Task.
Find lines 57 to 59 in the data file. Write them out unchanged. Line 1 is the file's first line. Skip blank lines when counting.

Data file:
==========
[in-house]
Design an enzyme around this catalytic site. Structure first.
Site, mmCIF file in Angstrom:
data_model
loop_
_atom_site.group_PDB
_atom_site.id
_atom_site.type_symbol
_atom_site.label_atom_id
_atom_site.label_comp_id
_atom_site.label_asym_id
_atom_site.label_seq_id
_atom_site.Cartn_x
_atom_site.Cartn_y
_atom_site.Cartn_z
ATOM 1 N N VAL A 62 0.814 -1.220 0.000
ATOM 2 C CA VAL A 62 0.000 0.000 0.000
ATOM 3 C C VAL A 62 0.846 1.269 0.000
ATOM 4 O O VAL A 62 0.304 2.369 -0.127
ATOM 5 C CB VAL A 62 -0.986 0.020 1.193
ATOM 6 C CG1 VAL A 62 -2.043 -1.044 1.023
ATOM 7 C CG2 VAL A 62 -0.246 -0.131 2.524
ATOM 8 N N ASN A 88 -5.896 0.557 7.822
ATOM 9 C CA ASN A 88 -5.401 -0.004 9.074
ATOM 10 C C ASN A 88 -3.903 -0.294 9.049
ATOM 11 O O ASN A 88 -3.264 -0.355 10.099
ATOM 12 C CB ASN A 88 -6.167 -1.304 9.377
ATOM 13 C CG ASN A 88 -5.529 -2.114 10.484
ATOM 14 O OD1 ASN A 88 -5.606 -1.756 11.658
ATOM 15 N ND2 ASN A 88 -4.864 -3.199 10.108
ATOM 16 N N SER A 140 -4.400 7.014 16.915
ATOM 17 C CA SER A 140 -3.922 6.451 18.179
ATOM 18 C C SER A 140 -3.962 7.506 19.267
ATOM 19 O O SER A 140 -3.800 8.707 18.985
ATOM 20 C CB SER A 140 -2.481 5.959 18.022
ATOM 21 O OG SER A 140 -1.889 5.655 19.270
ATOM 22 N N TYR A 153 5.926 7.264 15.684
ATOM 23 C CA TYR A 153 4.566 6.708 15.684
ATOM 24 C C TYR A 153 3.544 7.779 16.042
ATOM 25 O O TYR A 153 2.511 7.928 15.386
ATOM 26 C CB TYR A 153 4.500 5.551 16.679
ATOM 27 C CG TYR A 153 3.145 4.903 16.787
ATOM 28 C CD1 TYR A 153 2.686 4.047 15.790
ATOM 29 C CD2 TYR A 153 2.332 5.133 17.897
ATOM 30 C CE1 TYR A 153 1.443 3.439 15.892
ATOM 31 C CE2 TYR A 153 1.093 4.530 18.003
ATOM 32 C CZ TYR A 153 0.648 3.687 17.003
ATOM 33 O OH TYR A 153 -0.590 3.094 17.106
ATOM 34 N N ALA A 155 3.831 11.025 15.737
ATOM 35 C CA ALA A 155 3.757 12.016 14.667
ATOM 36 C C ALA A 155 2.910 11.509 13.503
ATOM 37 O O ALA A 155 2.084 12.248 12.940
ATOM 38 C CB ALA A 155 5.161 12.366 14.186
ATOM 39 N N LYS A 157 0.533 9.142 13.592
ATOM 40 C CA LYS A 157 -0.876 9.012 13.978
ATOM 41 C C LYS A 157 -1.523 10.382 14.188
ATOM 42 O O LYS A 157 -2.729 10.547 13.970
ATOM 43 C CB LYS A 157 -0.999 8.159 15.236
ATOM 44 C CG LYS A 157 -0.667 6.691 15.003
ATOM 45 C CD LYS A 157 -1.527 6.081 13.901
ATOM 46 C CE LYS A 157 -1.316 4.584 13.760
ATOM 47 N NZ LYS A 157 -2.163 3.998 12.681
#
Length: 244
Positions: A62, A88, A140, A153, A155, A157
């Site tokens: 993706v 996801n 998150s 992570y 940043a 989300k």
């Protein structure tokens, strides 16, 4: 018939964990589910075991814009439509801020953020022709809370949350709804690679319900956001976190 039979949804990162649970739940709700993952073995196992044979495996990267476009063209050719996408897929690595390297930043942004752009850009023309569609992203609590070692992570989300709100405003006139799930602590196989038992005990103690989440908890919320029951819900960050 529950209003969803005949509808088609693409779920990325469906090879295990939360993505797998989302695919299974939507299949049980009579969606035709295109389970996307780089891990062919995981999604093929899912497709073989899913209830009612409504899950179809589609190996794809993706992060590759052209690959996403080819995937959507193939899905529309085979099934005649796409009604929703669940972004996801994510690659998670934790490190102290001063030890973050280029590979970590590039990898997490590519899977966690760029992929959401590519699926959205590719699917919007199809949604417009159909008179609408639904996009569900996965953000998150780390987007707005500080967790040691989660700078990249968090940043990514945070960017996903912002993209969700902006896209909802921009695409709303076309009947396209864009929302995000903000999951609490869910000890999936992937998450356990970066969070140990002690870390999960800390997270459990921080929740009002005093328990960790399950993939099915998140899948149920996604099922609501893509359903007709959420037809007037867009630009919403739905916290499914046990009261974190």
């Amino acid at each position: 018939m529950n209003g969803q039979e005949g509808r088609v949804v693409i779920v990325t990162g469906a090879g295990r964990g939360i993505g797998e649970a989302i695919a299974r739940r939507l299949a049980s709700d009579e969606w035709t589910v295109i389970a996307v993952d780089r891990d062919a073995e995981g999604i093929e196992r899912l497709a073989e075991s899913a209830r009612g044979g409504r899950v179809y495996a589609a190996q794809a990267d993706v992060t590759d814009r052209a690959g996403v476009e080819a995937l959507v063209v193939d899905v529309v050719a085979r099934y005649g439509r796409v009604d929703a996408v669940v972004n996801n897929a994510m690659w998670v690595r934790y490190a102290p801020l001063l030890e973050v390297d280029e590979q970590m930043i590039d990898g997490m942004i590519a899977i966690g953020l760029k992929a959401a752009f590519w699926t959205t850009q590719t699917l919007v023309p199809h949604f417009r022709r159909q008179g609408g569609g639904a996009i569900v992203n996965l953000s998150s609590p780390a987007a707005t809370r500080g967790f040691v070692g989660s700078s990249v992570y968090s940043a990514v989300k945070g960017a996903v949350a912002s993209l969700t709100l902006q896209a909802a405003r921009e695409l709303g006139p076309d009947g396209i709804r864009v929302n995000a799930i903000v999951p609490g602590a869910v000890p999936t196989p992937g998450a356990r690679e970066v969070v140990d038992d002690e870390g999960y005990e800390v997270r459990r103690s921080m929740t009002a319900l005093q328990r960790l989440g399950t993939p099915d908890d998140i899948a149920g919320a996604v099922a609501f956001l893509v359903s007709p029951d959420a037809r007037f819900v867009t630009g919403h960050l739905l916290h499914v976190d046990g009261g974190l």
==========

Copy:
ATOM 42 O O LYS A 157 -2.729 10.547 13.970
ATOM 43 C CB LYS A 157 -0.999 8.159 15.236
ATOM 44 C CG LYS A 157 -0.667 6.691 15.003